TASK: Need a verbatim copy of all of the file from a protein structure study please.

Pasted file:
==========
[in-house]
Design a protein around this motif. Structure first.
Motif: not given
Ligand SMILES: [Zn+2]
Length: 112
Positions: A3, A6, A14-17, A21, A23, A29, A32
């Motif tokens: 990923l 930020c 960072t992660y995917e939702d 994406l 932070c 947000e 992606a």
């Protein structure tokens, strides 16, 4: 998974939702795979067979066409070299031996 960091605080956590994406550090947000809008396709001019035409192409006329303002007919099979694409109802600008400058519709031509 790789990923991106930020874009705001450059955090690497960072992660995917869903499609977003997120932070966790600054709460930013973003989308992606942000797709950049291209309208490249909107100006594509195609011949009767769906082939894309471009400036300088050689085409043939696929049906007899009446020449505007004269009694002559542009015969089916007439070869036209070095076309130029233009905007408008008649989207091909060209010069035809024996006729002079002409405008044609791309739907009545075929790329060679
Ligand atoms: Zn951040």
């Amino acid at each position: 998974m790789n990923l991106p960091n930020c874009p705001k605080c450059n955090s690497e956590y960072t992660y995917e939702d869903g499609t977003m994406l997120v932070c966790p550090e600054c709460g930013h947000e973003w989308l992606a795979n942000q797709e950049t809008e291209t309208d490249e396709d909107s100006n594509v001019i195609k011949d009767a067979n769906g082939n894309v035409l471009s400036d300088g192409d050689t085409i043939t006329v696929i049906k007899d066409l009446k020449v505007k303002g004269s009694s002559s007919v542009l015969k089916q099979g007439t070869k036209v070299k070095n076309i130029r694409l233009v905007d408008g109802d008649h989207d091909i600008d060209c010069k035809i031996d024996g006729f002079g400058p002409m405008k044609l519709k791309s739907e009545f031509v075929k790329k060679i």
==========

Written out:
[in-house]
Design a protein around this motif. Structure first.
Motif: not given
Ligand SMILES: [Zn+2]
Length: 112
Positions: A3, A6, A14-17, A21, A23, A29, A32
């Motif tokens: 990923l 930020c 960072t992660y995917e939702d 994406l 932070c 947000e 992606a």
């Protein structure tokens, strides 16, 4: 998974939702795979067979066409070299031996 960091605080956590994406550090947000809008396709001019035409192409006329303002007919099979694409109802600008400058519709031509 790789990923991106930020874009705001450059955090690497960072992660995917869903499609977003997120932070966790600054709460930013973003989308992606942000797709950049291209309208490249909107100006594509195609011949009767769906082939894309471009400036300088050689085409043939696929049906007899009446020449505007004269009694002559542009015969089916007439070869036209070095076309130029233009905007408008008649989207091909060209010069035809024996006729002079002409405008044609791309739907009545075929790329060679
Ligand atoms: Zn951040």
């Amino acid at each position: 998974m790789n990923l991106p960091n930020c874009p705001k605080c450059n955090s690497e956590y960072t992660y995917e939702d869903g499609t977003m994406l997120v932070c966790p550090e600054c709460g930013h947000e973003w989308l992606a795979n942000q797709e950049t809008e291209t309208d490249e396709d909107s100006n594509v001019i195609k011949d009767a067979n769906g082939n894309v035409l471009s400036d300088g192409d050689t085409i043939t006329v696929i049906k007899d066409l009446k020449v505007k303002g004269s009694s002559s007919v542009l015969k089916q099979g007439t070869k036209v070299k070095n076309i130029r694409l233009v905007d408008g109802d008649h989207d091909i600008d060209c010069k035809i031996d024996g006729f002079g400058p002409m405008k044609l519709k791309s739907e009545f031509v075929k790329k060679i």